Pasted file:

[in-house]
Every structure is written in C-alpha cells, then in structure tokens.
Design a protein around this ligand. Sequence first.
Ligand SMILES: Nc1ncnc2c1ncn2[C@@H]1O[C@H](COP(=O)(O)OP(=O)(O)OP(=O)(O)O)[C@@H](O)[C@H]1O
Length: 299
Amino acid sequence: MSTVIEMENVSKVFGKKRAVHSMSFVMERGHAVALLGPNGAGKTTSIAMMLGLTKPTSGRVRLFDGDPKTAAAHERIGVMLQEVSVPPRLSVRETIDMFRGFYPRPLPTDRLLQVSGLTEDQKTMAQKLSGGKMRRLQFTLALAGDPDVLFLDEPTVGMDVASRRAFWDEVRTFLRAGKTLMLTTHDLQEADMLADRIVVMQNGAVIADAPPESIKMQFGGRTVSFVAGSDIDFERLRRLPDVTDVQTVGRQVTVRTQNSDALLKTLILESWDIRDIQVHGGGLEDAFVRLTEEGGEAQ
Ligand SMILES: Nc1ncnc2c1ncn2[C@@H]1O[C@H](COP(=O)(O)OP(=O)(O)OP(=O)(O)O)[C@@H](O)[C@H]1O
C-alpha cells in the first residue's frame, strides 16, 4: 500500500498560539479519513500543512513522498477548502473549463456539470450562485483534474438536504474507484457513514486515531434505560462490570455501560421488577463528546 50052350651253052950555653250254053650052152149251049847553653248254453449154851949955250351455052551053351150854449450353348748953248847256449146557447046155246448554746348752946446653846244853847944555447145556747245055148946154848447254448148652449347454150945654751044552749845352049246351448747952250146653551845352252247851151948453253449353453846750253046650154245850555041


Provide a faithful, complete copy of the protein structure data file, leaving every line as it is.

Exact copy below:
[in-house]
Every structure is written in C-alpha cells, then in structure tokens.
Design a protein around this ligand. Sequence first.
Ligand SMILES: Nc1ncnc2c1ncn2[C@@H]1O[C@H](COP(=O)(O)OP(=O)(O)OP(=O)(O)O)[C@@H](O)[C@H]1O
Length: 299
Amino acid sequence: MSTVIEMENVSKVFGKKRAVHSMSFVMERGHAVALLGPNGAGKTTSIAMMLGLTKPTSGRVRLFDGDPKTAAAHERIGVMLQEVSVPPRLSVRETIDMFRGFYPRPLPTDRLLQVSGLTEDQKTMAQKLSGGKMRRLQFTLALAGDPDVLFLDEPTVGMDVASRRAFWDEVRTFLRAGKTLMLTTHDLQEADMLADRIVVMQNGAVIADAPPESIKMQFGGRTVSFVAGSDIDFERLRRLPDVTDVQTVGRQVTVRTQNSDALLKTLILESWDIRDIQVHGGGLEDAFVRLTEEGGEAQ
Ligand SMILES: Nc1ncnc2c1ncn2[C@@H]1O[C@H](COP(=O)(O)OP(=O)(O)OP(=O)(O)O)[C@@H](O)[C@H]1O
C-alpha cells in the first residue's frame, strides 16, 4: 500500500498560539479519513500543512513522498477548502473549463456539470450562485483534474438536504474507484457513514486515531434505560462490570455501560421488577463528546 50052350651253052950555653250254053650052152149251049847553653248254453449154851949955250351455052551053351150854449450353348748953248847256449146557447046155246448554746348752946446653846244853847944555447145556747245055148946154848447254448148652449347454150945654751044552749845352049246351448747952250146653551845352252247851151948453253449353453846750253046650154245850555041